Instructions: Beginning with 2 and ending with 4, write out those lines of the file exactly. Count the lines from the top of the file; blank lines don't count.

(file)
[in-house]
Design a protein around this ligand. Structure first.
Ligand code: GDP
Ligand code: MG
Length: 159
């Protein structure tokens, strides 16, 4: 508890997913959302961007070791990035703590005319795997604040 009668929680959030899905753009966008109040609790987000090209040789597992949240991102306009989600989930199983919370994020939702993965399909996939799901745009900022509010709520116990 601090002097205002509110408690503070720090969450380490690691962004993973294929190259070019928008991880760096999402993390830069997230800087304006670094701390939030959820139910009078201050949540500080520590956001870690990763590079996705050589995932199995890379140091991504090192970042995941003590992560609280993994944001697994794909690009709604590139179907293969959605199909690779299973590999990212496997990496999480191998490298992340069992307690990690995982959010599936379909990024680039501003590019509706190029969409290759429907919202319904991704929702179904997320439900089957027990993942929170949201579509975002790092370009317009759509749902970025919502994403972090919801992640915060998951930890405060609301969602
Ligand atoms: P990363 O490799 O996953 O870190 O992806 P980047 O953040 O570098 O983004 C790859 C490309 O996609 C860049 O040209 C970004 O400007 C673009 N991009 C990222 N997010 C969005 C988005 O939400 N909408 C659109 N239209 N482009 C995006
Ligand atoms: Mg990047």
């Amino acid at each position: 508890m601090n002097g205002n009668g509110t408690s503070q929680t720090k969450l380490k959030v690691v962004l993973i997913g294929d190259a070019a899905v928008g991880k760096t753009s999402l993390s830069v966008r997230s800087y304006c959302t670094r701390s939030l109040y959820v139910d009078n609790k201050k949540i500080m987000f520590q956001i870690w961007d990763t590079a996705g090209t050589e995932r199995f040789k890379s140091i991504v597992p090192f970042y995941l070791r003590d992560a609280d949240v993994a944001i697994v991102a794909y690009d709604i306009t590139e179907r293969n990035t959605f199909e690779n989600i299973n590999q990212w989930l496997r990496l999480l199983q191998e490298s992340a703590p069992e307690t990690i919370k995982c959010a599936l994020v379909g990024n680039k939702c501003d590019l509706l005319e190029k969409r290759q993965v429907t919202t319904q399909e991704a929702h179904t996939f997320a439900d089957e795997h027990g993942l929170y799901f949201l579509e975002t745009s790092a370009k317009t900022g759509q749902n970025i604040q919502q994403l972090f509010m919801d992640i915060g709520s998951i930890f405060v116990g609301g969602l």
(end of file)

Design a protein around this ligand. Structure first.
Ligand code: GDP
Ligand code: MG